I SIGNED and addressed forty letters, most of them with a personalised handwritten note at the bottom, inviting families who have lost someone over the past year to our All Souls’ Day requiem. Some were for memorial services, commemorating those who died during lockdown and whose funerals were reduced in numbers, if not in grief or intensity.
I should probably have got our wonderful administrator, Lynne, to do the letters (they’d have looked much more professional, for one thing), but I feel it’s a way of touching base with families I’ve been involved with, sometimes over months, often at a deep level of vulnerability. I think of them as I write, picturing them in my mind, and offering them up.
Over the years, I have taken upwards of 2000 funerals: a sobering thought. For most of these, I have never met the person being commemorated; so it has been an exercise in rapidly envisaging and articulating a life. A big sea-change is that — whereas, previously, I had been taught to meet and chat with the family and then put their emotions of loss, remembrance, and gratitude into my own words — most families now write their own tributes. And, since for the past year we haven’t actually been able to meet in person, tributes now tend to be pre-written.
It certainly makes it simpler for me (and more personal and engaging, I suspect, for the bereaved), but I can’t help feeling that I’m rather short-changing them. It was something I was quite good at, and found satisfying. Oh well, things move on. . .
I OCCASIONALLY wonder if in the hereafter I will meet all those people whose funerals I’ve taken, to be greeted with, “Thank you, that was me,” or “Blimey, what a load of twaddle!” But, on this side of the grave, funerals can still be eye-opening.
I remember one, for a greatly loved member of my congregation, at which an unknown daughter turned up, wanting to know what had happened to the Crown Derby that she felt should have been hers. And one of the most disconcerting funerals that I ever took was when a hugely disgruntled woman berated me afterwards, shouting “I was his partner for over 20 years and I wasn’t even mentioned!”
I said that I could only go on what I’d been told, and decorously left them all to it to sort it out among themselves.
I HAVE written frequently about “The Bevy”, the community pub with which I was deeply involved in my previous parish of Moulsecoomb, in Brighton. I have also written (at length) about my favourite city, Venice, and its Biennali. I never thought, though, that I’d write about them together in the same piece.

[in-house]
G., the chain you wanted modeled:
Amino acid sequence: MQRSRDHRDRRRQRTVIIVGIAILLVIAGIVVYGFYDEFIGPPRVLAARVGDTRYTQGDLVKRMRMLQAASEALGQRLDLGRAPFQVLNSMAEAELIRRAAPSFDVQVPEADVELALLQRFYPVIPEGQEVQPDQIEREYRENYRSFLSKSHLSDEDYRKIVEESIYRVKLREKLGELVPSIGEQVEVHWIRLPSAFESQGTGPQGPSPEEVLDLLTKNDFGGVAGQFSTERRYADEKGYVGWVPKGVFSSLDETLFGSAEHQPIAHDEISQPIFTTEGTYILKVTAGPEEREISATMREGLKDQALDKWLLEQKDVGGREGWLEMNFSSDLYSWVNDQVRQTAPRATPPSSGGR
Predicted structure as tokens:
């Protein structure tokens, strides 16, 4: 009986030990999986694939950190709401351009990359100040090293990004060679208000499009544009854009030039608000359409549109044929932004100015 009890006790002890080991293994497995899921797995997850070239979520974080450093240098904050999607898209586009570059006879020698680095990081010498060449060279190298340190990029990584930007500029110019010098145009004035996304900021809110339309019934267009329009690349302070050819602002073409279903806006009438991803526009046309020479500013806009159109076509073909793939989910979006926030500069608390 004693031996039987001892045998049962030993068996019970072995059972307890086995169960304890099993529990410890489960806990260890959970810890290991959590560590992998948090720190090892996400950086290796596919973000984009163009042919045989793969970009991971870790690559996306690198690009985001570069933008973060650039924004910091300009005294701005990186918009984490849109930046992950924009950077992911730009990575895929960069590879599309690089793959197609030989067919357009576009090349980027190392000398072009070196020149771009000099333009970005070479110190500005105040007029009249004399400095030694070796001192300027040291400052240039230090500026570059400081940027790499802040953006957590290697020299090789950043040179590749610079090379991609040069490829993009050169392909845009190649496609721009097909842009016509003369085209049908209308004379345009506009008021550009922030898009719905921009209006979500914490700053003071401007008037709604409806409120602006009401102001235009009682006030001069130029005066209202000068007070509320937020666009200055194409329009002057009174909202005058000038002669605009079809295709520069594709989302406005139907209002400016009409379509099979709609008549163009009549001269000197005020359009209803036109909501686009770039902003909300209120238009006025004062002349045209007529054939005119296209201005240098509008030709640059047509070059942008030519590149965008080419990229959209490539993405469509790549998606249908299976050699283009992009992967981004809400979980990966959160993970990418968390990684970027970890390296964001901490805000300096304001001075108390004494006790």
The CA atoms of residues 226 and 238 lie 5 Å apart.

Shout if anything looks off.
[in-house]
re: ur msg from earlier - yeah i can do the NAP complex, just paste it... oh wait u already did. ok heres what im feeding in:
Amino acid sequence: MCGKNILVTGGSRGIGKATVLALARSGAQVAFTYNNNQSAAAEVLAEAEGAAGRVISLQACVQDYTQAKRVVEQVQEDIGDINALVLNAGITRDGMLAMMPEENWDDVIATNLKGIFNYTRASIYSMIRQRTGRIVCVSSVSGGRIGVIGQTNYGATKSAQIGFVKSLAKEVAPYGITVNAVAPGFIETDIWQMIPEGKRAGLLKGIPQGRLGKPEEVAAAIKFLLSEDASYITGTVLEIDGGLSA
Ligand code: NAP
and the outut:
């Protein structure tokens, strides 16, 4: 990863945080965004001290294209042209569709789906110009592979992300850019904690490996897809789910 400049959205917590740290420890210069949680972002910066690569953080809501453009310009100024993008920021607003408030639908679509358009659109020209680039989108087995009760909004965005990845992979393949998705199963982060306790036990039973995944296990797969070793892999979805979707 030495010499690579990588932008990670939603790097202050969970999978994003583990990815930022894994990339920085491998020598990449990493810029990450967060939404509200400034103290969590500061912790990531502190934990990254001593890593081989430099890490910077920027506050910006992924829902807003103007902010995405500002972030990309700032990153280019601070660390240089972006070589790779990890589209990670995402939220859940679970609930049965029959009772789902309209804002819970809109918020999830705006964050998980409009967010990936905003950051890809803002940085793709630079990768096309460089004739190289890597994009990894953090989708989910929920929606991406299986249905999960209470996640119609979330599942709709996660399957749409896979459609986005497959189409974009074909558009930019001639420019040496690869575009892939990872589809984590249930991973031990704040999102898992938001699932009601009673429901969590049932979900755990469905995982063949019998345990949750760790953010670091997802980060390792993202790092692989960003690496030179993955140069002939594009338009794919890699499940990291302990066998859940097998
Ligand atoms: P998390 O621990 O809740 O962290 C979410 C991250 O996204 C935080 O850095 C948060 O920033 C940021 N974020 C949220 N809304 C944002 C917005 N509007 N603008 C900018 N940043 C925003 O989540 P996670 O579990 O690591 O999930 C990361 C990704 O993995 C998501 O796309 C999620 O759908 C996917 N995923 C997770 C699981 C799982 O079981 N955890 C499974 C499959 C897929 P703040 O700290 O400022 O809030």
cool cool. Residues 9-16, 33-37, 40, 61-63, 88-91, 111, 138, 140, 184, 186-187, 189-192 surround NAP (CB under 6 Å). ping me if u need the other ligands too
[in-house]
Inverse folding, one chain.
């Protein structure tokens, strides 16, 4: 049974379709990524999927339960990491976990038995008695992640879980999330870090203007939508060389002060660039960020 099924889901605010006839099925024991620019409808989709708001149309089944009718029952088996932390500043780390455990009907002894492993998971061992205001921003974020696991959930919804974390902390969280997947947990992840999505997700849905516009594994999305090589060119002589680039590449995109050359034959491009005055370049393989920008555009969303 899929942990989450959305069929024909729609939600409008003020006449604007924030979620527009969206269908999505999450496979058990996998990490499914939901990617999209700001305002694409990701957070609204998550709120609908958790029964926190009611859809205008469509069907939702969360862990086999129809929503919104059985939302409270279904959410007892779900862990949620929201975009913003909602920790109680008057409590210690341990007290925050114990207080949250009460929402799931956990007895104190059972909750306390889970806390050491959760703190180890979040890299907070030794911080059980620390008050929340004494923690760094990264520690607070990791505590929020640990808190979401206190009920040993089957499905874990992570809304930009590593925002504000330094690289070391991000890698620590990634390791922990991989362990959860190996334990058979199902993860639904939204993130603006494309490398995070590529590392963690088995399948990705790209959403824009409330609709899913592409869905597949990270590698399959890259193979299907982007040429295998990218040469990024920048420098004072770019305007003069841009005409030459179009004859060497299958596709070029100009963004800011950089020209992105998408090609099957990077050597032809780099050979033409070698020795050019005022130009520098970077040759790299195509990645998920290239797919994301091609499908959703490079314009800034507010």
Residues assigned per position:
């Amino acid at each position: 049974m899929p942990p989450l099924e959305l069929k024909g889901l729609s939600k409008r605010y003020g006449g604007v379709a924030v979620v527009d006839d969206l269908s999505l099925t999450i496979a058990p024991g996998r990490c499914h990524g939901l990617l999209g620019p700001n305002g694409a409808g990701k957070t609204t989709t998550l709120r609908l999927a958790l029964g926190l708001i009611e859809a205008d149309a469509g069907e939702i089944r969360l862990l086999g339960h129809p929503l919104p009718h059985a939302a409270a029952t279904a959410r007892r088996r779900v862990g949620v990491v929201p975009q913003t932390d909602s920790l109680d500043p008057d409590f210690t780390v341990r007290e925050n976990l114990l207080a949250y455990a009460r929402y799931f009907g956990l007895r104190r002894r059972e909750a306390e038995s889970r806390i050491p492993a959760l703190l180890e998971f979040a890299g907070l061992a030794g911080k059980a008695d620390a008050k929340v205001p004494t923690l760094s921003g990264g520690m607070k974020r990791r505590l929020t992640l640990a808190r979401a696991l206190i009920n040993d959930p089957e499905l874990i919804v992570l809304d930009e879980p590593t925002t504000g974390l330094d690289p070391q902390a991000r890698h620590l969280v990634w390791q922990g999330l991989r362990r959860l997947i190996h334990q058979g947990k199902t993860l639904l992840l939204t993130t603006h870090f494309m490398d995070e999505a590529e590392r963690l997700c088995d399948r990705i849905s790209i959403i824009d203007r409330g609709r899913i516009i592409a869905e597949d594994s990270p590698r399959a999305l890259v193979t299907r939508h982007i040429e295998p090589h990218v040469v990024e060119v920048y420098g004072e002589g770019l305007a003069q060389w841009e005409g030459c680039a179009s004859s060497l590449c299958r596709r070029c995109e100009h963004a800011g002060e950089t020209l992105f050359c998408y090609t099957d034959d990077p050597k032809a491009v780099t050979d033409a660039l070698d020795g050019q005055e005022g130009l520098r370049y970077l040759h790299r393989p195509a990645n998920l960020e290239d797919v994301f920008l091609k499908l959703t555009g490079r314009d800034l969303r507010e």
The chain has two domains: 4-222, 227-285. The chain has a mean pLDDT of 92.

This year in Venice it’s the Architectural Biennale (which alternates with the Art). I was hugely excited to see that, in the British Pavilion, the British Council has an installation — The Garden of Privatised Delights, curated by Madeleine Kessler and Manijeh Verghese of Unscene Architecture — celebrating the concept of the local pub. In it, under the banner headline “Could the pub become a centre for civic action?”, they have created a stylised version of The Bevy with bar, carpet, décor, and even karaoke machine.
Poignantly, on the wall is a portrait of my friend Kevin, proudly wearing his Union Jack blazer. Kevin was the face of the Bevy, a staunch member of the congregation, and a real character. I took his funeral some three years ago — I wrote about that, too. I am gutted that I can’t go to the Biennale in person (no time, and still too many Covid-related hurdles); so am reconciled to this odd juxtaposition, with an agreeable if somewhat unsettling sense of my little worlds colliding.
Sense of belonging
YOU can’t really get further from the cosmopolitan canals of Venice than the twisting East Sussex country lanes surrounding Uckfield. Over my ministry, I had become more and more urban and inner-city until, with a final leap, I made it to the countryside.
I can date the realisation that I was now truly a rural parson quite precisely, to Saturday 13 March this year, when I got stuck in the mud on a farm track. It was the day before Mothering Sunday: our churches still being closed because of Covid, a stalwart group managed to deliver some 125 Mothering Sunday posies to our community, my last delivery being to an outlying farmhouse.
As I was driving back, a van hurtled past: I pulled into a field, without realising the depth of the mud, and promptly got stuck. Having tried various manoeuvres, I gave up and stood, surveying the scene, wondering what to do.
A Land Rover pulled up; I began introducing myself, but the driver said, “I know who you are, Fr John. We can pull you out.” A rope was produced, my car was attached, and soon it was free. I went on my way rejoicing, reflecting on how lovely it is to be part of a real community.
The great company of the dead, the joy and eccentricity of the living, all linked in an interwoven tapestry of parish life. It’s fun being a Vicar!
The Revd John Wall is Rector of the Uckfield Plurality in East Sussex.